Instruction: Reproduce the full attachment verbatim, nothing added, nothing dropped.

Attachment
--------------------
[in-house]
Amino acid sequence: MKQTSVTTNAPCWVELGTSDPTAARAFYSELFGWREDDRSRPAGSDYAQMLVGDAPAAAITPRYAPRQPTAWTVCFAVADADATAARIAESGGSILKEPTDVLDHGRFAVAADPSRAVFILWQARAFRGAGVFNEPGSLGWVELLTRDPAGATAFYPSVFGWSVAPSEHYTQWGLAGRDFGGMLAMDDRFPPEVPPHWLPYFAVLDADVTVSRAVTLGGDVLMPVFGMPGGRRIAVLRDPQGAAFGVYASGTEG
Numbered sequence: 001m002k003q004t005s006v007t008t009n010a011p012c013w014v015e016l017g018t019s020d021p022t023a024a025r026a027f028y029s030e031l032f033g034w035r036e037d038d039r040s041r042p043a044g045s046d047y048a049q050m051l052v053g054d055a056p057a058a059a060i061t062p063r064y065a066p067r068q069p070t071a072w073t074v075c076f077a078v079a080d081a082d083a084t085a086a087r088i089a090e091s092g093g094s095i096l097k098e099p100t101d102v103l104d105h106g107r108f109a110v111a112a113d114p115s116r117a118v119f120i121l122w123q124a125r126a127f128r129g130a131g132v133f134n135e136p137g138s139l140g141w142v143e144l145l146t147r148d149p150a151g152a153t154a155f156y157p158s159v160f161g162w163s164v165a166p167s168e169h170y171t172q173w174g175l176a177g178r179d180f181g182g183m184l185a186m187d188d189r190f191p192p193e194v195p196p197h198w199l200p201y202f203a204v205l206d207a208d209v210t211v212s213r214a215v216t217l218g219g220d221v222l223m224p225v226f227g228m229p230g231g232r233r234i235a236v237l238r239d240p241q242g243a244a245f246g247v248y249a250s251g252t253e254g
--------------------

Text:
[in-house]
Amino acid sequence: MKQTSVTTNAPCWVELGTSDPTAARAFYSELFGWREDDRSRPAGSDYAQMLVGDAPAAAITPRYAPRQPTAWTVCFAVADADATAARIAESGGSILKEPTDVLDHGRFAVAADPSRAVFILWQARAFRGAGVFNEPGSLGWVELLTRDPAGATAFYPSVFGWSVAPSEHYTQWGLAGRDFGGMLAMDDRFPPEVPPHWLPYFAVLDADVTVSRAVTLGGDVLMPVFGMPGGRRIAVLRDPQGAAFGVYASGTEG
Numbered sequence: 001m002k003q004t005s006v007t008t009n010a011p012c013w014v015e016l017g018t019s020d021p022t023a024a025r026a027f028y029s030e031l032f033g034w035r036e037d038d039r040s041r042p043a044g045s046d047y048a049q050m051l052v053g054d055a056p057a058a059a060i061t062p063r064y065a066p067r068q069p070t071a072w073t074v075c076f077a078v079a080d081a082d083a084t085a086a087r088i089a090e091s092g093g094s095i096l097k098e099p100t101d102v103l104d105h106g107r108f109a110v111a112a113d114p115s116r117a118v119f120i121l122w123q124a125r126a127f128r129g130a131g132v133f134n135e136p137g138s139l140g141w142v143e144l145l146t147r148d149p150a151g152a153t154a155f156y157p158s159v160f161g162w163s164v165a166p167s168e169h170y171t172q173w174g175l176a177g178r179d180f181g182g183m184l185a186m187d188d189r190f191p192p193e194v195p196p197h198w199l200p201y202f203a204v205l206d207a208d209v210t211v212s213r214a215v216t217l218g219g220d221v222l223m224p225v226f227g228m229p230g231g232r233r234i235a236v237l238r239d240p241q242g243a244a245f246g247v248y249a250s251g252t253e254g